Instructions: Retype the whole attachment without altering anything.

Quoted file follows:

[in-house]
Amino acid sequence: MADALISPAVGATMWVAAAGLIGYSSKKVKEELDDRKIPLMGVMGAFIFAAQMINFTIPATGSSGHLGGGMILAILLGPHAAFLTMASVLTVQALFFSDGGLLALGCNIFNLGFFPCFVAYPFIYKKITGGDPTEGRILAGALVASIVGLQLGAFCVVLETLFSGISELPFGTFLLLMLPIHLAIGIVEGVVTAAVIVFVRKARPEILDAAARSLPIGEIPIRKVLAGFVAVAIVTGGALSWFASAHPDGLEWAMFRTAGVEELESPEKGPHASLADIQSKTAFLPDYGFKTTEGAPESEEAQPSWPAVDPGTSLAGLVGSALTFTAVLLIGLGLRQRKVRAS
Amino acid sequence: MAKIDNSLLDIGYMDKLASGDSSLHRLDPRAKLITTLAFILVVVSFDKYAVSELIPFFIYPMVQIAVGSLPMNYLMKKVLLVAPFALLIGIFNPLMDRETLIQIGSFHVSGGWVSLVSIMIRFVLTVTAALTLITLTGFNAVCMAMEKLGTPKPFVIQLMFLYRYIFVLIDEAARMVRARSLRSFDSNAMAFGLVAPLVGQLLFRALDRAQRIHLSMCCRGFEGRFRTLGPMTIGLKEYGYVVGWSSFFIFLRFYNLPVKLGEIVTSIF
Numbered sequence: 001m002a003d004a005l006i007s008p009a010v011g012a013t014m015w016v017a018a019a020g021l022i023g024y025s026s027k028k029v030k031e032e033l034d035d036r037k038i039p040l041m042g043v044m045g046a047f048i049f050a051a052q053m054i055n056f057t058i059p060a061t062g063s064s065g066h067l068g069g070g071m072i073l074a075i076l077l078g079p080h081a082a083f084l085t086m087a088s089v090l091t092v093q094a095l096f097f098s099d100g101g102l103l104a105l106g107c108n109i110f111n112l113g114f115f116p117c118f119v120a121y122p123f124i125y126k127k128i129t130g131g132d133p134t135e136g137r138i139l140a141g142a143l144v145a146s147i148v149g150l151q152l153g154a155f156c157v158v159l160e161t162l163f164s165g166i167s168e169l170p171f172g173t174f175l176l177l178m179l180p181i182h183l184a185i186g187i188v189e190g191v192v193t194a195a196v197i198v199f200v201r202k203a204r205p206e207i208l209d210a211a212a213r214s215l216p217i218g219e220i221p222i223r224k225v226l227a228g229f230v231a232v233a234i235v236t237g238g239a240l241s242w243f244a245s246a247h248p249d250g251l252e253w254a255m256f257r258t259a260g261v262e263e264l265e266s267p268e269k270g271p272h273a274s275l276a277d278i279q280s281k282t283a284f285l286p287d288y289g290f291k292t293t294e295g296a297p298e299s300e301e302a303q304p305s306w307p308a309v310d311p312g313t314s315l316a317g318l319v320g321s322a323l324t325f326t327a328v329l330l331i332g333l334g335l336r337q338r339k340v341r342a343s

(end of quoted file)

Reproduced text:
[in-house]
Amino acid sequence: MADALISPAVGATMWVAAAGLIGYSSKKVKEELDDRKIPLMGVMGAFIFAAQMINFTIPATGSSGHLGGGMILAILLGPHAAFLTMASVLTVQALFFSDGGLLALGCNIFNLGFFPCFVAYPFIYKKITGGDPTEGRILAGALVASIVGLQLGAFCVVLETLFSGISELPFGTFLLLMLPIHLAIGIVEGVVTAAVIVFVRKARPEILDAAARSLPIGEIPIRKVLAGFVAVAIVTGGALSWFASAHPDGLEWAMFRTAGVEELESPEKGPHASLADIQSKTAFLPDYGFKTTEGAPESEEAQPSWPAVDPGTSLAGLVGSALTFTAVLLIGLGLRQRKVRAS
Amino acid sequence: MAKIDNSLLDIGYMDKLASGDSSLHRLDPRAKLITTLAFILVVVSFDKYAVSELIPFFIYPMVQIAVGSLPMNYLMKKVLLVAPFALLIGIFNPLMDRETLIQIGSFHVSGGWVSLVSIMIRFVLTVTAALTLITLTGFNAVCMAMEKLGTPKPFVIQLMFLYRYIFVLIDEAARMVRARSLRSFDSNAMAFGLVAPLVGQLLFRALDRAQRIHLSMCCRGFEGRFRTLGPMTIGLKEYGYVVGWSSFFIFLRFYNLPVKLGEIVTSIF
Numbered sequence: 001m002a003d004a005l006i007s008p009a010v011g012a013t014m015w016v017a018a019a020g021l022i023g024y025s026s027k028k029v030k031e032e033l034d035d036r037k038i039p040l041m042g043v044m045g046a047f048i049f050a051a052q053m054i055n056f057t058i059p060a061t062g063s064s065g066h067l068g069g070g071m072i073l074a075i076l077l078g079p080h081a082a083f084l085t086m087a088s089v090l091t092v093q094a095l096f097f098s099d100g101g102l103l104a105l106g107c108n109i110f111n112l113g114f115f116p117c118f119v120a121y122p123f124i125y126k127k128i129t130g131g132d133p134t135e136g137r138i139l140a141g142a143l144v145a146s147i148v149g150l151q152l153g154a155f156c157v158v159l160e161t162l163f164s165g166i167s168e169l170p171f172g173t174f175l176l177l178m179l180p181i182h183l184a185i186g187i188v189e190g191v192v193t194a195a196v197i198v199f200v201r202k203a204r205p206e207i208l209d210a211a212a213r214s215l216p217i218g219e220i221p222i223r224k225v226l227a228g229f230v231a232v233a234i235v236t237g238g239a240l241s242w243f244a245s246a247h248p249d250g251l252e253w254a255m256f257r258t259a260g261v262e263e264l265e266s267p268e269k270g271p272h273a274s275l276a277d278i279q280s281k282t283a284f285l286p287d288y289g290f291k292t293t294e295g296a297p298e299s300e301e302a303q304p305s306w307p308a309v310d311p312g313t314s315l316a317g318l319v320g321s322a323l324t325f326t327a328v329l330l331i332g333l334g335l336r337q338r339k340v341r342a343s